What is the best word to describe the Kellogg MBA students and graduates you have met so far and why? kidding. I like that my fellow Kelloggs don’t take themselves too seriously. Many class traditions require creative fashion—in my first month here, I actually wore an animal suit in a restaurant and wore a space cowboy theme on a Chicago wagon. Even the professors take part in birthday celebrations and pranks. Getting to know each other during these silly moments helped me form stronger, more realistic relationships with my classmates. Besides, it’s so much fun!
What makes Chicago a great place to get an MBA? Pursuing an MBA near Chicago means that you have all the resources at your disposal to work hard and play hard.
Professionally, many highly sought-after companies in finance, consulting, and technology have head offices in Chicago. The entrepreneurial community is growing rapidly as well. Through these career opportunities, you’ll find a large group of Kellogg alumni within Chicago who are willing to help you get your foot in the door. You can also do quarterly internships during your time at Kellogg, and being so close to Chicago makes it very easy to land a coveted role.
Socially speaking, there are a myriad of things MBA students can do with their classmates in Chicago, from visiting museums and parks to exploring the city’s cosmopolitan food scene. One of my favorite Kellogg memories so far is attending the Lollapalooza Music Festival with my classmates—something we can only do because of our proximity to Chicago. With the University of Chicago and Loyola University nearby, there is a vibrant student community outside of Kellogg as well.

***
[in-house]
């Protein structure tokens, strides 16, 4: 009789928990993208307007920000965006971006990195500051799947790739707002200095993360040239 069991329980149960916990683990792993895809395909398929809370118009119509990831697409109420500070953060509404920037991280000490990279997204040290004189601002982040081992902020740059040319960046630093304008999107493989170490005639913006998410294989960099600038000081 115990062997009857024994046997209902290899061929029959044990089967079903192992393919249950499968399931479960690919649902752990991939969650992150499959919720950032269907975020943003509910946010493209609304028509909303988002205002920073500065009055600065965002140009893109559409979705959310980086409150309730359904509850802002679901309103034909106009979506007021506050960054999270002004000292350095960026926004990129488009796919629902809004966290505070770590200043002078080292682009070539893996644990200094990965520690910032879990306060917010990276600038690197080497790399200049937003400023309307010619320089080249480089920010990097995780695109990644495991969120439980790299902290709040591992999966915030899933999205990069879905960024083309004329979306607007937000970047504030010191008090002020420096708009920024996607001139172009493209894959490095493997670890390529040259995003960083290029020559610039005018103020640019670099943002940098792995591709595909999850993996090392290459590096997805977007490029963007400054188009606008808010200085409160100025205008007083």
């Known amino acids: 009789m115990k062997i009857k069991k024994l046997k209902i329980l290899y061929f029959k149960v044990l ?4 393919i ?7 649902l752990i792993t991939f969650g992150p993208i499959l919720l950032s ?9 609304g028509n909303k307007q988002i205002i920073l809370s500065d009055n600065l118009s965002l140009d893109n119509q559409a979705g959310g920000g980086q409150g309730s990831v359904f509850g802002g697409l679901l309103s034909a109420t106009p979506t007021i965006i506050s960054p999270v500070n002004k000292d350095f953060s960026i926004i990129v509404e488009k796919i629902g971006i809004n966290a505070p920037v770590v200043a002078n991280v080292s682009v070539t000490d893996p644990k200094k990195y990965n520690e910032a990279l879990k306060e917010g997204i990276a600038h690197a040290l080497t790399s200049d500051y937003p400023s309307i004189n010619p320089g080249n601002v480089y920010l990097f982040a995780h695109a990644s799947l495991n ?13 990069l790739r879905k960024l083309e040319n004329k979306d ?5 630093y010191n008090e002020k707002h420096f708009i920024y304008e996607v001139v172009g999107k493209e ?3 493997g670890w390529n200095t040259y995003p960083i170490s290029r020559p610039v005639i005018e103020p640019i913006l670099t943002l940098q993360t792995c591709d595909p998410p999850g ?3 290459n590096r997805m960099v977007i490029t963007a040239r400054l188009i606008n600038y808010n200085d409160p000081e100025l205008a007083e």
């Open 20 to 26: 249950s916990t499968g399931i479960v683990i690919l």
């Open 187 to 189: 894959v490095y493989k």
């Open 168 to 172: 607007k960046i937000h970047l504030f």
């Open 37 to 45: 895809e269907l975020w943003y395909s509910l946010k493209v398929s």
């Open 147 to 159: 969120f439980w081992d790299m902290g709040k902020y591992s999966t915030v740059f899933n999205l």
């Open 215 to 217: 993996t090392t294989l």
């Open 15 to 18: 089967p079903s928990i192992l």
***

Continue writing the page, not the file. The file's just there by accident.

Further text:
Kellogg is known for its team culture. What quality do you offer as a teammate and why is it so important to success? I am a firm believer that teams are most successful when they highlight each individual’s strengths. As a teammate, I always strive to understand the strengths and areas of interest of others when working with them. Usually when I start working with a new team, I will purposely make time to get to know everyone and their backgrounds and interests in the project. This allows us to better understand where and how each person can contribute to deliver the best work while staying motivated throughout the process. For me, being a good teammate means identifying and empowering others on my team to contribute their strength to the group.